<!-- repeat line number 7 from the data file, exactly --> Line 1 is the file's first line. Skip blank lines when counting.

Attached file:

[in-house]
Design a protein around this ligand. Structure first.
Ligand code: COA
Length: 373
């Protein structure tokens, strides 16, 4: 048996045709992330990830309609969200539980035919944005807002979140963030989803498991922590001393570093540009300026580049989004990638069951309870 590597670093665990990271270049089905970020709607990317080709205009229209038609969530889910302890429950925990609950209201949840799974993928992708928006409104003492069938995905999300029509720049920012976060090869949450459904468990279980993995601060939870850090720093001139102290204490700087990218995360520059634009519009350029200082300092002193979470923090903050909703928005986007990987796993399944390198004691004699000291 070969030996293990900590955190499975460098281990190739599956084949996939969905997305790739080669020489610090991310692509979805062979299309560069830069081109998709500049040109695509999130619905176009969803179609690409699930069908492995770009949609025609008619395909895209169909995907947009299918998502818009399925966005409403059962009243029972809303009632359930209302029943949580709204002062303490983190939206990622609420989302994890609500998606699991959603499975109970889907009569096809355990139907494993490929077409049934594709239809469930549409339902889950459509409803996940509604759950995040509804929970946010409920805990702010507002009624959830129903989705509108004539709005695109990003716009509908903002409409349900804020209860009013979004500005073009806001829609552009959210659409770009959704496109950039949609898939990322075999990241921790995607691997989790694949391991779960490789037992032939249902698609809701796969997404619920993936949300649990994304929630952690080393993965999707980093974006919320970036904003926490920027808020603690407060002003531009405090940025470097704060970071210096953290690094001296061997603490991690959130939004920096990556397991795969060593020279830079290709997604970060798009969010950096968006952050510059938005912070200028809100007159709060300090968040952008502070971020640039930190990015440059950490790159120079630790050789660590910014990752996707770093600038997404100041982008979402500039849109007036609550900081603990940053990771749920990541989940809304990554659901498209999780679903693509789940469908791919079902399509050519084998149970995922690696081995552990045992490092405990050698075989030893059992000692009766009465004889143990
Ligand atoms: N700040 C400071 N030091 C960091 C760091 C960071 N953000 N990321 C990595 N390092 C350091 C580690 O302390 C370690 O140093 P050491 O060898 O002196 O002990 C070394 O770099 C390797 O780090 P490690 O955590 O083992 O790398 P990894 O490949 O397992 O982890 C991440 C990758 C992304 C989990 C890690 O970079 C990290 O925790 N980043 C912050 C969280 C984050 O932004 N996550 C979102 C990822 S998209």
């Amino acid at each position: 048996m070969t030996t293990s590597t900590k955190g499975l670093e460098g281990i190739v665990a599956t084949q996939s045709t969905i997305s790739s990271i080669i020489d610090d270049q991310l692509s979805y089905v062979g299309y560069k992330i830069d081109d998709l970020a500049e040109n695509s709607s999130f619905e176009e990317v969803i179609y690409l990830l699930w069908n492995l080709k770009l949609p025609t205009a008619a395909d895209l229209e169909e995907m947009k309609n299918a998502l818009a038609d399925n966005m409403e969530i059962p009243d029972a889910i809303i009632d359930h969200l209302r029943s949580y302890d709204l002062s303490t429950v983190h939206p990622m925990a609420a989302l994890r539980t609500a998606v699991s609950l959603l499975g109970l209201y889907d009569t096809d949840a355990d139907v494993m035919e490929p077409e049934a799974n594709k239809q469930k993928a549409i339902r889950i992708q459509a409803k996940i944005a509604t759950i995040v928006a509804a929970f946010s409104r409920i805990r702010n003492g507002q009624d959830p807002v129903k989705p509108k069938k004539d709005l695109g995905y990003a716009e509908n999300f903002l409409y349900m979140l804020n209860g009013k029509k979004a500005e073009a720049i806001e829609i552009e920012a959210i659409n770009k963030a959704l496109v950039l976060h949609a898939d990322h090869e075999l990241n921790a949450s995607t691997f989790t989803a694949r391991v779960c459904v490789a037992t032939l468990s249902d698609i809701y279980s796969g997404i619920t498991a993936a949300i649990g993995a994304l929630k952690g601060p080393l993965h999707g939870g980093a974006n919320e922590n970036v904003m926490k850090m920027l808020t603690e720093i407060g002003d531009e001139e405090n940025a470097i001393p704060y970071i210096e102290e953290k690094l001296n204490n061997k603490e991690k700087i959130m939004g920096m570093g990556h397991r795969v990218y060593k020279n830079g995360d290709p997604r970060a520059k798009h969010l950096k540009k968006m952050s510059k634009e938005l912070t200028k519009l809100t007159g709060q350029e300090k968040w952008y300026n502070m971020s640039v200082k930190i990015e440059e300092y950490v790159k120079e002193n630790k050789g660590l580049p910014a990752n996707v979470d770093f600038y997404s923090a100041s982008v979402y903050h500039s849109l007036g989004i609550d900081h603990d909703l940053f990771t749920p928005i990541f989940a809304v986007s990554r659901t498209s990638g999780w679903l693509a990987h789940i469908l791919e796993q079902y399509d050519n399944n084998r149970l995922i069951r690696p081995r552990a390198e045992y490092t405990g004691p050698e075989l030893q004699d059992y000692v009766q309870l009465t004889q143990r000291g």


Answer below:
């Amino acid at each position: 048996m070969t030996t293990s590597t900590k955190g499975l670093e460098g281990i190739v665990a599956t084949q996939s045709t969905i997305s790739s990271i080669i020489d610090d270049q991310l692509s979805y089905v062979g299309y560069k992330i830069d081109d998709l970020a500049e040109n695509s709607s999130f619905e176009e990317v969803i179609y690409l990830l699930w069908n492995l080709k770009l949609p025609t205009a008619a395909d895209l229209e169909e995907m947009k309609n299918a998502l818009a038609d399925n966005m409403e969530i059962p009243d029972a889910i809303i009632d359930h969200l209302r029943s949580y302890d709204l002062s303490t429950v983190h939206p990622m925990a609420a989302l994890r539980t609500a998606v699991s609950l959603l499975g109970l209201y889907d009569t096809d949840a355990d139907v494993m035919e490929p077409e049934a799974n594709k239809q469930k993928a549409i339902r889950i992708q459509a409803k996940i944005a509604t759950i995040v928006a509804a929970f946010s409104r409920i805990r702010n003492g507002q009624d959830p807002v129903k989705p509108k069938k004539d709005l695109g995905y990003a716009e509908n999300f903002l409409y349900m979140l804020n209860g009013k029509k979004a500005e073009a720049i806001e829609i552009e920012a959210i659409n770009k963030a959704l496109v950039l976060h949609a898939d990322h090869e075999l990241n921790a949450s995607t691997f989790t989803a694949r391991v779960c459904v490789a037992t032939l468990s249902d698609i809701y279980s796969g997404i619920t498991a993936a949300i649990g993995a994304l929630k952690g601060p080393l993965h999707g939870g980093a974006n919320e922590n970036v904003m926490k850090m920027l808020t603690e720093i407060g002003d531009e001139e405090n940025a470097i001393p704060y970071i210096e102290e953290k690094l001296n204490n061997k603490e991690k700087i959130m939004g920096m570093g990556h397991r795969v990218y060593k020279n830079g995360d290709p997604r970060a520059k798009h969010l950096k540009k968006m952050s510059k634009e938005l912070t200028k519009l809100t007159g709060q350029e300090k968040w952008y300026n502070m971020s640039v200082k930190i990015e440059e300092y950490v790159k120079e002193n630790k050789g660590l580049p910014a990752n996707v979470d770093f600038y997404s923090a100041s982008v979402y903050h500039s849109l007036g989004i609550d900081h603990d909703l940053f990771t749920p928005i990541f989940a809304v986007s990554r659901t498209s990638g999780w679903l693509a990987h789940i469908l791919e796993q079902y399509d050519n399944n084998r149970l995922i069951r690696p081995r552990a390198e045992y490092t405990g004691p050698e075989l030893q004699d059992y000692v009766q309870l009465t004889q143990r000291g």